Richly detailed and empirically grounded, this first book-length study of infotainment and its globalization by a leading scholar of global communication, offers a comprehensive and critical analysis of this emerging phenomenon. Going beyond - both geographically and theoretically - the ‘dumbing down’ discourse, largely confined to the Anglo-American media, the book argues that infotainment may have an important ideological role, a diversion in which ‘soft news’ masks the hard realities of neo-liberal imperialism.

Infotainment and ‘Neo-Liberal Imperialism’
Infotainment and ‘neo-liberal imperialism’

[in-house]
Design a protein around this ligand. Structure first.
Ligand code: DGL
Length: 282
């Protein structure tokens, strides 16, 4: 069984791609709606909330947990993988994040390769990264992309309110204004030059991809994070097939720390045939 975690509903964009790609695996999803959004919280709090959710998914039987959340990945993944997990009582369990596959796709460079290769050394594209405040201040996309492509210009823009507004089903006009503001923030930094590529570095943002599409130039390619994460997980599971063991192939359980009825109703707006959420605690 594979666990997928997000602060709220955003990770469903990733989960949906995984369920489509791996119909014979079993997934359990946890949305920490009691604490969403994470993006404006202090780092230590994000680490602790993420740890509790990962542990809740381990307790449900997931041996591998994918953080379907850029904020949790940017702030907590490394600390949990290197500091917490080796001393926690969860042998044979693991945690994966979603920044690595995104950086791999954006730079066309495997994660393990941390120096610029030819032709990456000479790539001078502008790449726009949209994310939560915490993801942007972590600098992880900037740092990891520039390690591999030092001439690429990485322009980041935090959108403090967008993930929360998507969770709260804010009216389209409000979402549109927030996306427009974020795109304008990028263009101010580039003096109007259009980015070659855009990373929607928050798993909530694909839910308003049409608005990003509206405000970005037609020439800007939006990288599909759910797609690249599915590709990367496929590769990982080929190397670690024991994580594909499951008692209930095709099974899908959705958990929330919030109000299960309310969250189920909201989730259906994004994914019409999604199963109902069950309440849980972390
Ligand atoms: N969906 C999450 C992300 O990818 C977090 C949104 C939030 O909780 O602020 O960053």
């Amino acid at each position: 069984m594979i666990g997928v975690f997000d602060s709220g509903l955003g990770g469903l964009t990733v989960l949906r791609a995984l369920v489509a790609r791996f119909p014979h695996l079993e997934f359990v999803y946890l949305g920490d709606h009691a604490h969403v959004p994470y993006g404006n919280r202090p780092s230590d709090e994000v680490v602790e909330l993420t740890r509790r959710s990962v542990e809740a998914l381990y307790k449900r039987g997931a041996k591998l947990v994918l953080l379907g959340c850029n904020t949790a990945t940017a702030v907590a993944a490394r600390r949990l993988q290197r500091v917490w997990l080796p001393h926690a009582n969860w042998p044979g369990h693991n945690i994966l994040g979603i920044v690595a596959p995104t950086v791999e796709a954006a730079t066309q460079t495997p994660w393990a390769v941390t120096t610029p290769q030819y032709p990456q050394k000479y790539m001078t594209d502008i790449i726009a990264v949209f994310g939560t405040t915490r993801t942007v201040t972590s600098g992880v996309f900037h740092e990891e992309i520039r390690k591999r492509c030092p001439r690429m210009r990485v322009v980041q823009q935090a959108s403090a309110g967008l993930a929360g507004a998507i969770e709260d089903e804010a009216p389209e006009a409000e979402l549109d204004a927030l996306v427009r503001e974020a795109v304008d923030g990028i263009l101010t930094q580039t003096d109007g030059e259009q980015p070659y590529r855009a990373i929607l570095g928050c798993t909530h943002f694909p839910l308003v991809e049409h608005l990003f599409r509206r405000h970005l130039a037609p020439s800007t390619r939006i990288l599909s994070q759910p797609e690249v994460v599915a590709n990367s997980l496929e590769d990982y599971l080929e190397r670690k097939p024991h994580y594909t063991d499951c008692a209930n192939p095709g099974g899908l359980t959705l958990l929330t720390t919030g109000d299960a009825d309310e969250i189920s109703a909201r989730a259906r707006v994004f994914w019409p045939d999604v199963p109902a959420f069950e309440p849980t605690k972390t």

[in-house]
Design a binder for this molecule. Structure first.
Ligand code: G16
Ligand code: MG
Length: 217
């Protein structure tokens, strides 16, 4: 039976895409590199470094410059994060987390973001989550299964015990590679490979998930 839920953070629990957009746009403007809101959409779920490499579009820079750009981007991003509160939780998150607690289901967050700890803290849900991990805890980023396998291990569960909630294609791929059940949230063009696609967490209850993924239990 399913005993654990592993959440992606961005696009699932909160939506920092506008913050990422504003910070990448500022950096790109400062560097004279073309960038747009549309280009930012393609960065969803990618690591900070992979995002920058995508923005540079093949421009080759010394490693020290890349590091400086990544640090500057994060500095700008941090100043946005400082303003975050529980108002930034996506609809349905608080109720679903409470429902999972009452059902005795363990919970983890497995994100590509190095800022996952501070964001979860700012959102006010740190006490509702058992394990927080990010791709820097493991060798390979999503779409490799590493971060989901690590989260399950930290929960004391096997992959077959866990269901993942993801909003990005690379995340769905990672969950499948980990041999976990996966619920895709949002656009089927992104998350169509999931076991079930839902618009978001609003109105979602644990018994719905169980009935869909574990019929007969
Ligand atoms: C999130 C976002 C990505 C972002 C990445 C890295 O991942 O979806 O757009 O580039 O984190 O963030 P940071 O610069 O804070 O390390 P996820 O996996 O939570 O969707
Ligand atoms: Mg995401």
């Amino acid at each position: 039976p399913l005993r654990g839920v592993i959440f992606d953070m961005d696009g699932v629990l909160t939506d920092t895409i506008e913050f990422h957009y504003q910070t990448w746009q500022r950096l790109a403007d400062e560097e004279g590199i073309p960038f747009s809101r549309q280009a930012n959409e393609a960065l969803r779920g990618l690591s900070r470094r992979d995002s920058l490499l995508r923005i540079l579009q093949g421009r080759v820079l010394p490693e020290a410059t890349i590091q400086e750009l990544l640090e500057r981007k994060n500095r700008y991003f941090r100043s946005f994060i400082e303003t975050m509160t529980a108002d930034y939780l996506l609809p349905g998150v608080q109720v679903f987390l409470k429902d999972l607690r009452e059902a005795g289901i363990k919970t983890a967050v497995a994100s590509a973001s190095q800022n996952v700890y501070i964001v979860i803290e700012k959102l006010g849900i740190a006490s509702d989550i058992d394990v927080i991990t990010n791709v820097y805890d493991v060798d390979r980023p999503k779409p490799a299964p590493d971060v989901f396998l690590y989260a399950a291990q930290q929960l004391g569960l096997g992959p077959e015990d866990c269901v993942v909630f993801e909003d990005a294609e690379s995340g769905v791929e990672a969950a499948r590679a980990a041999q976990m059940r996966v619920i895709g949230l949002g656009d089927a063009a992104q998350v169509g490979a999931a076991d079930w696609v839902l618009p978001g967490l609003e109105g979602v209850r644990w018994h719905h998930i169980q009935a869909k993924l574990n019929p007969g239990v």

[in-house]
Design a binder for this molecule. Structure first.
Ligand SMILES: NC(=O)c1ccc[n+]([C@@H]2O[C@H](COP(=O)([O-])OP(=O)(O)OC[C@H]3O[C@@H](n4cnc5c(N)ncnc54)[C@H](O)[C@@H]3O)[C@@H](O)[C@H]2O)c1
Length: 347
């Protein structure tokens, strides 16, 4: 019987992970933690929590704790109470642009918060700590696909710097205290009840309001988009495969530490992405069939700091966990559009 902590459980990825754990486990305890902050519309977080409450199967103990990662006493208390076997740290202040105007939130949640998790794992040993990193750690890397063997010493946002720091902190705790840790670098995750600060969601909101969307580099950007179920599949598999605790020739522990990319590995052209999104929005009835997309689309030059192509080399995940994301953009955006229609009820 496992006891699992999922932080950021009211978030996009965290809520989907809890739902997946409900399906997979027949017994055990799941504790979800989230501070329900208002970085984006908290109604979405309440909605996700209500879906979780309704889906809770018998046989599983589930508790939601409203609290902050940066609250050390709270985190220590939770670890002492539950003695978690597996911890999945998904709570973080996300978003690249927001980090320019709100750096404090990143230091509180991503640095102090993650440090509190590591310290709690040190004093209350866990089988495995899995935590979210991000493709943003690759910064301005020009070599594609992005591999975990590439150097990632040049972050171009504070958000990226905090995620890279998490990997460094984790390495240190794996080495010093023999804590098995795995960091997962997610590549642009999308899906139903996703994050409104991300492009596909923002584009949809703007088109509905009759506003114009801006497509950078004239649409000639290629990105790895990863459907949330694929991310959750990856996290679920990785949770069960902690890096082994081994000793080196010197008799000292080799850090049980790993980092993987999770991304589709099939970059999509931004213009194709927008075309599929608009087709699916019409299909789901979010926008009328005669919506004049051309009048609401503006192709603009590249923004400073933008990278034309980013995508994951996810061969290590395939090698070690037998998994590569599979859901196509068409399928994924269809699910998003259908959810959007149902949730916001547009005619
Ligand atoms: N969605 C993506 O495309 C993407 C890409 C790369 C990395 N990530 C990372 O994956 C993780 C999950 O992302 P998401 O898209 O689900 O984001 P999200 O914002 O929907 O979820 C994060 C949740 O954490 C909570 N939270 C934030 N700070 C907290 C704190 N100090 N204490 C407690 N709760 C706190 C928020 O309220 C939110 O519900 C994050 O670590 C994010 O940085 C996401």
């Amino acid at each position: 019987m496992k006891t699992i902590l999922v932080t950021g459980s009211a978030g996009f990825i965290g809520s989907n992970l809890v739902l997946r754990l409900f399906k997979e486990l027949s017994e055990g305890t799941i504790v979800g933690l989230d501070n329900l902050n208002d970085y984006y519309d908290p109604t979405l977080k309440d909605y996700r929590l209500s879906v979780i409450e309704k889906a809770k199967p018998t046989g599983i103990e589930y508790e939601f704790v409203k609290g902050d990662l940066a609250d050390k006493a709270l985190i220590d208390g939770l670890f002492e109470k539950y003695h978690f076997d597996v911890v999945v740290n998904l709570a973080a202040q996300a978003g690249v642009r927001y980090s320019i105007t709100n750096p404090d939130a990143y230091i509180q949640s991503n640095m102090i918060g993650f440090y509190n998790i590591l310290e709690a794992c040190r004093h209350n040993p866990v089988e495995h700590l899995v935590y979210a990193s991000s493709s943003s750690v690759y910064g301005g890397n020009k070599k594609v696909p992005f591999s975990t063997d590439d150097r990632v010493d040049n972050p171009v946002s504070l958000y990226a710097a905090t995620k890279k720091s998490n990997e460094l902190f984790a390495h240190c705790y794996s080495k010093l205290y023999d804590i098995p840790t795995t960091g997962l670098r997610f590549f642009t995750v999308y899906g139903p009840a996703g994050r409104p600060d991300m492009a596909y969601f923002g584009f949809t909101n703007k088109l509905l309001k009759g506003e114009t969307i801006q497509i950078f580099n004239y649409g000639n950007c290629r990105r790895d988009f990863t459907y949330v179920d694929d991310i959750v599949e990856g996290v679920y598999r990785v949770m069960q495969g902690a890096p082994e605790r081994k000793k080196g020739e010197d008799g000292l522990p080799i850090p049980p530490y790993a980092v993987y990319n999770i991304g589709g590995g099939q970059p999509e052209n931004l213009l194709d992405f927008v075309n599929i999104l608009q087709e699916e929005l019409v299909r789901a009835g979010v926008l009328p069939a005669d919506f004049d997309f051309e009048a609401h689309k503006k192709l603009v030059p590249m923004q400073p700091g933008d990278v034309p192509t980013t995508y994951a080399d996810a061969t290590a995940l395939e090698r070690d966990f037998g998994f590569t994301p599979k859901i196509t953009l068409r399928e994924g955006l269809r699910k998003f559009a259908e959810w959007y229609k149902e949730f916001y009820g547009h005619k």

‘In a world increasingly saturated by information,’ Castells notes, ‘the most effective messages are the most simple, and the most ambivalent, so that they leave room for people's own projections. Images best fit into this characterization. Audiovisual media are the primary feeders of people's minds, as they relate to public affairs’ (Castells, 2004: 372). The importance of the image and illusions in capitalist societies was emphasized by Daniel Boorstin way back in 1961 with the publication of his book, The Image. ‘The making of the illusions which flood our experience has become the business of America,’ he wrote, adding that Americans ‘suffer primarily’ not from their ‘vices’ or ‘weaknesses’, but from their ‘illusions’; haunted, not by reality, but ...

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